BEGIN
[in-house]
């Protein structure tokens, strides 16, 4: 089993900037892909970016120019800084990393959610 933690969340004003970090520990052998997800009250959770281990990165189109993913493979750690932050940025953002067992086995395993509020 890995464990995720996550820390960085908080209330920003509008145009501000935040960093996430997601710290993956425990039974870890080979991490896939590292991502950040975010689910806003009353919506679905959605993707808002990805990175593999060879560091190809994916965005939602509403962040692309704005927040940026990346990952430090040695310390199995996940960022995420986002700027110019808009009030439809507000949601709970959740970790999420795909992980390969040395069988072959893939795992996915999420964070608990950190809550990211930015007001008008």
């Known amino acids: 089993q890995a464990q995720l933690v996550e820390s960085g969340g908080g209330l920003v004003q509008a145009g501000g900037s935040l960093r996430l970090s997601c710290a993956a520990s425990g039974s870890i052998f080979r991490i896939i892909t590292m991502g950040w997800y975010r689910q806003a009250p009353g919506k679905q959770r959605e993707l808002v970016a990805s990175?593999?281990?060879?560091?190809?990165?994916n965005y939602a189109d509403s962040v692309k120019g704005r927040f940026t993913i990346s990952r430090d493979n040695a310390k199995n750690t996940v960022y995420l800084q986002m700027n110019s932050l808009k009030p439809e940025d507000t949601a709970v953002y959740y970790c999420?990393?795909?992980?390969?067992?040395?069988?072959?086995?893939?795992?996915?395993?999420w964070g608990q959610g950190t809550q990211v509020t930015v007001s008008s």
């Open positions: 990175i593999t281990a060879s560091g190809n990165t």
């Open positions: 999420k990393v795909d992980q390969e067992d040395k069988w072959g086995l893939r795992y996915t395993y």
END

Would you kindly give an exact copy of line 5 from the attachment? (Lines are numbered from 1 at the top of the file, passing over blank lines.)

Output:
């Open positions: 999420k990393v795909d992980q390969e067992d040395k069988w072959g086995l893939r795992y996915t395993y």